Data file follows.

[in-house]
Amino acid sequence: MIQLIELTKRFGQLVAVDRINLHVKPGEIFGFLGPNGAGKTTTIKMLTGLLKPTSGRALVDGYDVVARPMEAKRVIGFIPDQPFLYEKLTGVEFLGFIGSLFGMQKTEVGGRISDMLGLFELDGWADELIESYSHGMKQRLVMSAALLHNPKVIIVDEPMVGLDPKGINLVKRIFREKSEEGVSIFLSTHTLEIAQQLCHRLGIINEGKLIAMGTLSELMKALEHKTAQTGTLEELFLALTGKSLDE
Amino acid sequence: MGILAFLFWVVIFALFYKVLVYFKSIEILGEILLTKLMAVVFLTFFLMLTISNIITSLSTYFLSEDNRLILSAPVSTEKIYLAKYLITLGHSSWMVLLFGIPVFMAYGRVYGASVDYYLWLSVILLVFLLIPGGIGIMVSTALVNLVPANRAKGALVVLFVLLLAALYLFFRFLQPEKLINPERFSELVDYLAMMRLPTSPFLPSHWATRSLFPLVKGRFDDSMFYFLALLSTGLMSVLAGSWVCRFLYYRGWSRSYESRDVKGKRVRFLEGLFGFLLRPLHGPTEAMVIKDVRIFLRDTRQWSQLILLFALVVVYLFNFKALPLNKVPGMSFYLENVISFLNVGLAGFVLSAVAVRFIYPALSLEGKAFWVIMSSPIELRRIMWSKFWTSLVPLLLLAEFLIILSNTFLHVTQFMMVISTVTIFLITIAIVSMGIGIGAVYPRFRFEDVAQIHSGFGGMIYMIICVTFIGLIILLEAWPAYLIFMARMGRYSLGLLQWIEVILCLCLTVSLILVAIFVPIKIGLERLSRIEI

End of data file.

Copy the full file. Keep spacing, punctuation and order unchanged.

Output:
[in-house]
Amino acid sequence: MIQLIELTKRFGQLVAVDRINLHVKPGEIFGFLGPNGAGKTTTIKMLTGLLKPTSGRALVDGYDVVARPMEAKRVIGFIPDQPFLYEKLTGVEFLGFIGSLFGMQKTEVGGRISDMLGLFELDGWADELIESYSHGMKQRLVMSAALLHNPKVIIVDEPMVGLDPKGINLVKRIFREKSEEGVSIFLSTHTLEIAQQLCHRLGIINEGKLIAMGTLSELMKALEHKTAQTGTLEELFLALTGKSLDE
Amino acid sequence: MGILAFLFWVVIFALFYKVLVYFKSIEILGEILLTKLMAVVFLTFFLMLTISNIITSLSTYFLSEDNRLILSAPVSTEKIYLAKYLITLGHSSWMVLLFGIPVFMAYGRVYGASVDYYLWLSVILLVFLLIPGGIGIMVSTALVNLVPANRAKGALVVLFVLLLAALYLFFRFLQPEKLINPERFSELVDYLAMMRLPTSPFLPSHWATRSLFPLVKGRFDDSMFYFLALLSTGLMSVLAGSWVCRFLYYRGWSRSYESRDVKGKRVRFLEGLFGFLLRPLHGPTEAMVIKDVRIFLRDTRQWSQLILLFALVVVYLFNFKALPLNKVPGMSFYLENVISFLNVGLAGFVLSAVAVRFIYPALSLEGKAFWVIMSSPIELRRIMWSKFWTSLVPLLLLAEFLIILSNTFLHVTQFMMVISTVTIFLITIAIVSMGIGIGAVYPRFRFEDVAQIHSGFGGMIYMIICVTFIGLIILLEAWPAYLIFMARMGRYSLGLLQWIEVILCLCLTVSLILVAIFVPIKIGLERLSRIEI